Friday, June 03, 2005

Trash in the Neighborhood

The trash is ready to hit the fan as the Council and the mayor prepare to do battle over his anemic solution to the city’s garbage disposal problem. What the mayor lacks in substance, however, he more than makes up for with the clever spin of his aides with regards to the siting of transfer stations.

The reality is that the mayor’s plan will see garbage collection and disposal costs rise from $73 a ton to $107 a ton, according to the city’s Independent Budget Office. The IBO does say that with increased recycling and efficiencies, the mayor’s plan might produce some future savings. We frankly don’t think so.

While the mayor’s Solid Waste Management Plan (SWMP) talks about increasing recycling there is nothing that suggests that DOS has even an inkling of how to actually increase recycling rates. As we’ve mentioned elsewhere, the recycling plan is breathlessly self-described as “groundbreaking” but, if so, the folks at DOS must be digging with plastic spoons. The only prescription we see is the “more education” mantra of those for whom a new idea would truly be unexpected and earth-shattering.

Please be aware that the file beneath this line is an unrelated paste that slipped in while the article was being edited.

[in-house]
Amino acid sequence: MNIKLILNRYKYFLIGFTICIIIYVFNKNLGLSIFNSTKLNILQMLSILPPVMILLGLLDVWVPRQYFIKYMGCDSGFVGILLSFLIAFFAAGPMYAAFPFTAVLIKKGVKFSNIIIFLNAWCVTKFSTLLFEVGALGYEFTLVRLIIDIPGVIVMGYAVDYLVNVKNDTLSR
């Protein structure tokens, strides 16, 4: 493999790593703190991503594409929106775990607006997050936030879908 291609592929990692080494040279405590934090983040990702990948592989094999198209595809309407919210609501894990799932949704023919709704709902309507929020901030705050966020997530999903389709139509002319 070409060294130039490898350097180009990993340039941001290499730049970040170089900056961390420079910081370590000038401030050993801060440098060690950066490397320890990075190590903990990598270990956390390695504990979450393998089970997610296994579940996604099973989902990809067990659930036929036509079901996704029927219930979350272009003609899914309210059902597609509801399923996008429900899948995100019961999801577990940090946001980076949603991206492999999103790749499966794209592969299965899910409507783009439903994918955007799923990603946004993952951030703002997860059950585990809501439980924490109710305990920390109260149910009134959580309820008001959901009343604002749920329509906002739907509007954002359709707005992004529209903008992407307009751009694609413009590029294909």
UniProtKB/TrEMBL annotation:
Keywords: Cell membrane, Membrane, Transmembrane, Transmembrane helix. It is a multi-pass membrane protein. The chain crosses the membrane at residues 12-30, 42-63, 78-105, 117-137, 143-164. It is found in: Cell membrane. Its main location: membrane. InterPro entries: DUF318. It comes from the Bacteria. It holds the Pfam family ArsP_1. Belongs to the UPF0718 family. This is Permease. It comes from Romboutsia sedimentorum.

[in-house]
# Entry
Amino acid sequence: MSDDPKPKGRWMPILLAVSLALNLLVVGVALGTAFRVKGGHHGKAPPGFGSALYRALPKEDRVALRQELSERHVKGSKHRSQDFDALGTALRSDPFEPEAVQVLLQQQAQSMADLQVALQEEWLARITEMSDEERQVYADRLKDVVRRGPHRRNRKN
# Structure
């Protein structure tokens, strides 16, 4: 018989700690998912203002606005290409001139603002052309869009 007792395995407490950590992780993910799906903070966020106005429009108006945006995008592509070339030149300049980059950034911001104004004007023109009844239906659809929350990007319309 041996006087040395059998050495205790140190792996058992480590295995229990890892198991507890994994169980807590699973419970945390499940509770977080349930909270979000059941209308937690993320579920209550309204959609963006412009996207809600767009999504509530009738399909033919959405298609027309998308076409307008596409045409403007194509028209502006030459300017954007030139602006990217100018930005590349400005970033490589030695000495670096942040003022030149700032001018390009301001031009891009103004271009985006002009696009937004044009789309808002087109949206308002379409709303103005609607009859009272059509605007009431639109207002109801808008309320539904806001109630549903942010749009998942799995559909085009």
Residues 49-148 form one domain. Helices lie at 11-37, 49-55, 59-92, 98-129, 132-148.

The only truly groundbreaking idea is the introduction of garbage disposers on the commercial end and mandating them on the residential side. The removal of organic, putrescible garbage is the only surefire way to reduce the city’s waste export (up to 28%). At the same time, the reduction of the noisome organics will reduce truck traffic in the neighborhood and the noxious odors will be eliminated as well as the neighborhood-based transfer stations. It is also true that once you remove putrescible waste, recycling what remains becomes feasible and cost-effective.

Siting as a Red Herring

What the mayor has cleverly done, however, is to shift attention away from his feeble plan and towards the controversial 91st transfer station. This sleigh-of-hand, supported by the environmental justice folks, puts the heat on Gifford Miller and deflects awareness from how little there is in the mayor’s plan to actually reduce waste.

Waste reduction is the key. If we can remove putrescible waste from both the commercial and residential sectors we reduce the need for the large and expensive number of transfer stations called for in the SWMP. Those that do remain can easily be converted into material recycling facilities. On the commercial front Babylon Paper Stock, working with local area food markets, is able, through the removal of organic waste, to recycle almost 99% of supermarket garbage. This is the direction the city should be going in.